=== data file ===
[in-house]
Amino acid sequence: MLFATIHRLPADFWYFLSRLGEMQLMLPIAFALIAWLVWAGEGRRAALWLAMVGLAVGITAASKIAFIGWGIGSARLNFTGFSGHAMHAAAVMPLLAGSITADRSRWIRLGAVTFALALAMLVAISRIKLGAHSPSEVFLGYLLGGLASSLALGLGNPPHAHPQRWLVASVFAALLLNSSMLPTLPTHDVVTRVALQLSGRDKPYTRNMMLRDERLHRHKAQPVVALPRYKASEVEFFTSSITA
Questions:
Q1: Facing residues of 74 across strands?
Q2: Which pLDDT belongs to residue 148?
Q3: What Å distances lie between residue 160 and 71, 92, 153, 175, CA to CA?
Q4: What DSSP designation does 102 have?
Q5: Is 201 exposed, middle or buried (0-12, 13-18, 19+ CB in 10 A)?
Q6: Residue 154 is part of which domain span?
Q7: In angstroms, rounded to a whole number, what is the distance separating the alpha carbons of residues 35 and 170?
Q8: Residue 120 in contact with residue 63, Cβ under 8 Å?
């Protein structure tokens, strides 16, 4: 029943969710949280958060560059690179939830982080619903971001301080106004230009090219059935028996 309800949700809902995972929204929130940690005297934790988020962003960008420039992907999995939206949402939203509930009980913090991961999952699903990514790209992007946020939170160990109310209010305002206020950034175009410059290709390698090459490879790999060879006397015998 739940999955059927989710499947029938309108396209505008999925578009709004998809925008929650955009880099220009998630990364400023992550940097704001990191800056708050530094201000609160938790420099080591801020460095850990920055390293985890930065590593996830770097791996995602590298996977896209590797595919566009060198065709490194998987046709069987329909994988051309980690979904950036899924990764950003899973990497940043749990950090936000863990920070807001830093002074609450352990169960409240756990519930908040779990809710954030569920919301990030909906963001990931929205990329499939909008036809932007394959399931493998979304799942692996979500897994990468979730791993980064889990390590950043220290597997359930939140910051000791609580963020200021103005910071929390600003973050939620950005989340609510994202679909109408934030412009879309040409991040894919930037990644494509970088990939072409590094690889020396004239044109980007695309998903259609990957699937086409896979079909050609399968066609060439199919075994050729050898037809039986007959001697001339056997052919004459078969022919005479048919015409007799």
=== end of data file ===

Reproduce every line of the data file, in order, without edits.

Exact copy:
[in-house]
Amino acid sequence: MLFATIHRLPADFWYFLSRLGEMQLMLPIAFALIAWLVWAGEGRRAALWLAMVGLAVGITAASKIAFIGWGIGSARLNFTGFSGHAMHAAAVMPLLAGSITADRSRWIRLGAVTFALALAMLVAISRIKLGAHSPSEVFLGYLLGGLASSLALGLGNPPHAHPQRWLVASVFAALLLNSSMLPTLPTHDVVTRVALQLSGRDKPYTRNMMLRDERLHRHKAQPVVALPRYKASEVEFFTSSITA
Questions:
Q1: Facing residues of 74 across strands?
Q2: Which pLDDT belongs to residue 148?
Q3: What Å distances lie between residue 160 and 71, 92, 153, 175, CA to CA?
Q4: What DSSP designation does 102 have?
Q5: Is 201 exposed, middle or buried (0-12, 13-18, 19+ CB in 10 A)?
Q6: Residue 154 is part of which domain span?
Q7: In angstroms, rounded to a whole number, what is the distance separating the alpha carbons of residues 35 and 170?
Q8: Residue 120 in contact with residue 63, Cβ under 8 Å?
């Protein structure tokens, strides 16, 4: 029943969710949280958060560059690179939830982080619903971001301080106004230009090219059935028996 309800949700809902995972929204929130940690005297934790988020962003960008420039992907999995939206949402939203509930009980913090991961999952699903990514790209992007946020939170160990109310209010305002206020950034175009410059290709390698090459490879790999060879006397015998 739940999955059927989710499947029938309108396209505008999925578009709004998809925008929650955009880099220009998630990364400023992550940097704001990191800056708050530094201000609160938790420099080591801020460095850990920055390293985890930065590593996830770097791996995602590298996977896209590797595919566009060198065709490194998987046709069987329909994988051309980690979904950036899924990764950003899973990497940043749990950090936000863990920070807001830093002074609450352990169960409240756990519930908040779990809710954030569920919301990030909906963001990931929205990329499939909008036809932007394959399931493998979304799942692996979500897994990468979730791993980064889990390590950043220290597997359930939140910051000791609580963020200021103005910071929390600003973050939620950005989340609510994202679909109408934030412009879309040409991040894919930037990644494509970088990939072409590094690889020396004239044109980007695309998903259609990957699937086409896979079909050609399968066609060439199919075994050729050898037809039986007959001697001339056997052919004459078969022919005479048919015409007799």